Further evidence of a more sustained rise in UK house prices than any observer thought possible arrived yesterday with the latest figures from Halifax.
The UK's biggest home lender said that house prices rose by 0.6% in the month to January, the seventh consecutive increase, and broadly in line with the rising trend reported by other sources such as the Nationwide and |Rightmove.
The Nationwide said last week that prices had risen by 1.2% in January.
The year-on-year increase in house prices picked up to 8.6% in January on the Nationwide's measure.
However, analysts also pointed out that the rise was the smallest since June, and suggested that what may have been a temporary boost in values due to a constriction in supply and opportunistic cash buying may be starting to wear off.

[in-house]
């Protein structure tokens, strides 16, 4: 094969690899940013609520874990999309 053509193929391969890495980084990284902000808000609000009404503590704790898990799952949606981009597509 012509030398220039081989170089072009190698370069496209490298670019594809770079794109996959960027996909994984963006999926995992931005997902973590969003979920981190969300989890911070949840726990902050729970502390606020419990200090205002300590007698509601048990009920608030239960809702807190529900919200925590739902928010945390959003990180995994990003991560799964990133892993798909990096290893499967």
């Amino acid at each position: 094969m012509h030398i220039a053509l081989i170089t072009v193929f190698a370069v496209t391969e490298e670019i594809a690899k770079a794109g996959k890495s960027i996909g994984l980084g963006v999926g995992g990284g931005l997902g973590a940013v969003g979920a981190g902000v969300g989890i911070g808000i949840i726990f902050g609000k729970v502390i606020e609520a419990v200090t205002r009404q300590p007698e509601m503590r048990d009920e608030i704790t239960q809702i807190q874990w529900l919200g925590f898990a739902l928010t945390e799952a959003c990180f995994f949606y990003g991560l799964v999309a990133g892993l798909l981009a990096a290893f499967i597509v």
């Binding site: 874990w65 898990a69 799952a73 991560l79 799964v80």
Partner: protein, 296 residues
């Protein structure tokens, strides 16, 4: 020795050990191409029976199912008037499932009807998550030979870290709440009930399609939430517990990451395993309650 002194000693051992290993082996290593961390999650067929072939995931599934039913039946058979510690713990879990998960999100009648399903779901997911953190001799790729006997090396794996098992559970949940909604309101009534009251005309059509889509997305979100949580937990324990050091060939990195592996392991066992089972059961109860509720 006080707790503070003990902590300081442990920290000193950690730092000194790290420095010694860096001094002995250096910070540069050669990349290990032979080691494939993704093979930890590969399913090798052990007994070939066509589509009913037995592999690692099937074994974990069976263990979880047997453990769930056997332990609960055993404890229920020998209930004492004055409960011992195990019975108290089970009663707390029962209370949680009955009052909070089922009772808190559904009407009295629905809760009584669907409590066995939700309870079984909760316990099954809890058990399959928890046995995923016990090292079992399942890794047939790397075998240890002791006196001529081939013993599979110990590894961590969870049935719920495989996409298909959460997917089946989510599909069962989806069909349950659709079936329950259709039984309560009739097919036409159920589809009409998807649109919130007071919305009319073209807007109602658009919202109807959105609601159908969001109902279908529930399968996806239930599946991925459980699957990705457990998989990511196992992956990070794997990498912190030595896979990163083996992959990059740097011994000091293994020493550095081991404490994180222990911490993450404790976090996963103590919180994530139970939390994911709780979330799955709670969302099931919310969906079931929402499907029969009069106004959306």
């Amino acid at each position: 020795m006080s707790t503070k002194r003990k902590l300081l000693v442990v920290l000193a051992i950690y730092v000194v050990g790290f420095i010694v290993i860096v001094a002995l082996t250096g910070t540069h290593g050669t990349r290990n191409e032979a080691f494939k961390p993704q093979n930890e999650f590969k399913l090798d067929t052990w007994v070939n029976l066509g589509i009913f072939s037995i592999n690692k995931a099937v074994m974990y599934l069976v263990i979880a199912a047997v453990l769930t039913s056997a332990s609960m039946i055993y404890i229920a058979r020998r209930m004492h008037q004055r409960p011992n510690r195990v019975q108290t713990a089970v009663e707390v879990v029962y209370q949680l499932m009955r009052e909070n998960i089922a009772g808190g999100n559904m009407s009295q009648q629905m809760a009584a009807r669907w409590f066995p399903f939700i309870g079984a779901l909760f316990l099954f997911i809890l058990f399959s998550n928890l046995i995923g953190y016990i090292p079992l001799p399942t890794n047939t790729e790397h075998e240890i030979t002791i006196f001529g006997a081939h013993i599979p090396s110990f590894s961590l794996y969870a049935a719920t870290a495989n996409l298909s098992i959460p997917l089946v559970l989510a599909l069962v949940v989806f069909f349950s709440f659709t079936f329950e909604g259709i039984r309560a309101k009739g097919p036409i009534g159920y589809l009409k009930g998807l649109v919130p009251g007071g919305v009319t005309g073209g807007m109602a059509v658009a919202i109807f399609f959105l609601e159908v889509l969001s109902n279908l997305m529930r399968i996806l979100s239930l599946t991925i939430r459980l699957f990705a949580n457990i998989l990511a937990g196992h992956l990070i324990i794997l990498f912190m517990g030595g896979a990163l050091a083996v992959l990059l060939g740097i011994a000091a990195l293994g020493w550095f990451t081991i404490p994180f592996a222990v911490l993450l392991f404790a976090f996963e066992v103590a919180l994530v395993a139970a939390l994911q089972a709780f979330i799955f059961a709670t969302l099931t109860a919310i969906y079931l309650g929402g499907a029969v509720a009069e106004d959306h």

While the supply of mortgage |finance has improved since the nadirs seen in 2008, it is still far too low to support a sustained rise in prices.
According to Halifax, residential property prices are up 3.6% on the same time last year, and the average British home is worth £169,777, from April's low of £154,490.
Howard Archer, of Global Insight, commented: “We are sceptical that the marked rises in house prices can be sustained given a still far from favourable economic environment and tight credit conditions.
“We believe that a modest relapse in house prices is likely at some point in 2010.
“A relapse is even more likely to occur if more properties come on to the market as a result of the |recent firming in prices.”